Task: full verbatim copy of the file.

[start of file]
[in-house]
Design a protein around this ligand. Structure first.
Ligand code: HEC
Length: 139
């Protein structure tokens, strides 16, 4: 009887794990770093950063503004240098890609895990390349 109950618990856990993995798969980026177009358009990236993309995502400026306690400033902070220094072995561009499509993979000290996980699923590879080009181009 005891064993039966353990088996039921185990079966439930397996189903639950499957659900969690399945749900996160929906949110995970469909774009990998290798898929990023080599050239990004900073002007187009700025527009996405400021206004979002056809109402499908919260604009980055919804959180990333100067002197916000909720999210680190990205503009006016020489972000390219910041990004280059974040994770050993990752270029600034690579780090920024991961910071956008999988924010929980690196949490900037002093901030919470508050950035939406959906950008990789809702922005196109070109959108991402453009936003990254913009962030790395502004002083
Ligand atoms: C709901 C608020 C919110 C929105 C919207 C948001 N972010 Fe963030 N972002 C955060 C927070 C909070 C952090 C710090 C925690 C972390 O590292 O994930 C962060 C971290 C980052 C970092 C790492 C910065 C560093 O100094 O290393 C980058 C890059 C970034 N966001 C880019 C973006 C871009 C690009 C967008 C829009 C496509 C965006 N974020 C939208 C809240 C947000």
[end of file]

[in-house]
Design a protein around this ligand. Structure first.
Ligand code: HEC
Length: 139
């Protein structure tokens, strides 16, 4: 009887794990770093950063503004240098890609895990390349 109950618990856990993995798969980026177009358009990236993309995502400026306690400033902070220094072995561009499509993979000290996980699923590879080009181009 005891064993039966353990088996039921185990079966439930397996189903639950499957659900969690399945749900996160929906949110995970469909774009990998290798898929990023080599050239990004900073002007187009700025527009996405400021206004979002056809109402499908919260604009980055919804959180990333100067002197916000909720999210680190990205503009006016020489972000390219910041990004280059974040994770050993990752270029600034690579780090920024991961910071956008999988924010929980690196949490900037002093901030919470508050950035939406959906950008990789809702922005196109070109959108991402453009936003990254913009962030790395502004002083
Ligand atoms: C709901 C608020 C919110 C929105 C919207 C948001 N972010 Fe963030 N972002 C955060 C927070 C909070 C952090 C710090 C925690 C972390 O590292 O994930 C962060 C971290 C980052 C970092 C790492 C910065 C560093 O100094 O290393 C980058 C890059 C970034 N966001 C880019 C973006 C871009 C690009 C967008 C829009 C496509 C965006 N974020 C939208 C809240 C947000």